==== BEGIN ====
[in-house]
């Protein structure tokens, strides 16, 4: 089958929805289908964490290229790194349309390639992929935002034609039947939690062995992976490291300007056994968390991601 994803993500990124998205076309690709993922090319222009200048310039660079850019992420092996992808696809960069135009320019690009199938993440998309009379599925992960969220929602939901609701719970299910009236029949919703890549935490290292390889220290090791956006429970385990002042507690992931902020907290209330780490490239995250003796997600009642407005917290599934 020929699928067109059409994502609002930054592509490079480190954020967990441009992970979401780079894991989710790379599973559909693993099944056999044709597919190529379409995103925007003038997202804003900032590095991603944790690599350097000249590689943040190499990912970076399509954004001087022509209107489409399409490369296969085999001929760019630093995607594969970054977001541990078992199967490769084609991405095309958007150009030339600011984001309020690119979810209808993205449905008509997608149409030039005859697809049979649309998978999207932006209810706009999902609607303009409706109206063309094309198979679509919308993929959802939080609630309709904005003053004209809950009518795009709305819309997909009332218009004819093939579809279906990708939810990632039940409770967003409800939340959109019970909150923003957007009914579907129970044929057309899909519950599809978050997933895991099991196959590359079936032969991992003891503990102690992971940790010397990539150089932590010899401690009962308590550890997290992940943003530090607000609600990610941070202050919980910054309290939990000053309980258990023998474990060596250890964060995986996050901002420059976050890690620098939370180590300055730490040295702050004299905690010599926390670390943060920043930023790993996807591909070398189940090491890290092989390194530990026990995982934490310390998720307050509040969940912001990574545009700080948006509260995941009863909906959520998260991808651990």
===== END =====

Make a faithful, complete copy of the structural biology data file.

[in-house]
């Protein structure tokens, strides 16, 4: 089958929805289908964490290229790194349309390639992929935002034609039947939690062995992976490291300007056994968390991601 994803993500990124998205076309690709993922090319222009200048310039660079850019992420092996992808696809960069135009320019690009199938993440998309009379599925992960969220929602939901609701719970299910009236029949919703890549935490290292390889220290090791956006429970385990002042507690992931902020907290209330780490490239995250003796997600009642407005917290599934 020929699928067109059409994502609002930054592509490079480190954020967990441009992970979401780079894991989710790379599973559909693993099944056999044709597919190529379409995103925007003038997202804003900032590095991603944790690599350097000249590689943040190499990912970076399509954004001087022509209107489409399409490369296969085999001929760019630093995607594969970054977001541990078992199967490769084609991405095309958007150009030339600011984001309020690119979810209808993205449905008509997608149409030039005859697809049979649309998978999207932006209810706009999902609607303009409706109206063309094309198979679509919308993929959802939080609630309709904005003053004209809950009518795009709305819309997909009332218009004819093939579809279906990708939810990632039940409770967003409800939340959109019970909150923003957007009914579907129970044929057309899909519950599809978050997933895991099991196959590359079936032969991992003891503990102690992971940790010397990539150089932590010899401690009962308590550890997290992940943003530090607000609600990610941070202050919980910054309290939990000053309980258990023998474990060596250890964060995986996050901002420059976050890690620098939370180590300055730490040295702050004299905690010599926390670390943060920043930023790993996807591909070398189940090491890290092989390194530990026990995982934490310390998720307050509040969940912001990574545009700080948006509260995941009863909906959520998260991808651990």